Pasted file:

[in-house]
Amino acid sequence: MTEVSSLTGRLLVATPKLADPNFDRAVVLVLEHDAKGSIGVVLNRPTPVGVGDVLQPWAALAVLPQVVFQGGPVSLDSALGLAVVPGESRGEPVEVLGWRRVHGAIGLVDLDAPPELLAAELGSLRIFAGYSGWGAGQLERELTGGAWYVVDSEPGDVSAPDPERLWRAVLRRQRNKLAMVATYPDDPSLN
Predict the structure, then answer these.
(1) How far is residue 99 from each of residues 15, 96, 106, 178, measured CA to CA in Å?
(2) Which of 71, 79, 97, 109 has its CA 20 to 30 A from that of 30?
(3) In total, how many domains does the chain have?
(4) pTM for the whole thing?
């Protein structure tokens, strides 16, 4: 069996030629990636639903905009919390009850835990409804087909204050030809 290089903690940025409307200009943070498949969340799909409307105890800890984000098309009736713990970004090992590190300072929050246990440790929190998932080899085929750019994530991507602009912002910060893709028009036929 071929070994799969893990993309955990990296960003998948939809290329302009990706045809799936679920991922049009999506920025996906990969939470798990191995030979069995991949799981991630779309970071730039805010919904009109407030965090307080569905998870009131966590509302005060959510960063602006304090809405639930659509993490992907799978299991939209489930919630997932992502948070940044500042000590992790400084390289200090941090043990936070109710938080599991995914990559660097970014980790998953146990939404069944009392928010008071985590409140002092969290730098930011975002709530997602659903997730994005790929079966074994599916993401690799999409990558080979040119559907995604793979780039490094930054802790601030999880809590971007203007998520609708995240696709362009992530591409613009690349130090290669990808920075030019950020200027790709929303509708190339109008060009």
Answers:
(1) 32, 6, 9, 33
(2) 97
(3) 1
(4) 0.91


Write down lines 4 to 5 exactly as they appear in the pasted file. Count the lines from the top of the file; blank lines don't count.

(1) How far is residue 99 from each of residues 15, 96, 106, 178, measured CA to CA in Å?
(2) Which of 71, 79, 97, 109 has its CA 20 to 30 A from that of 30?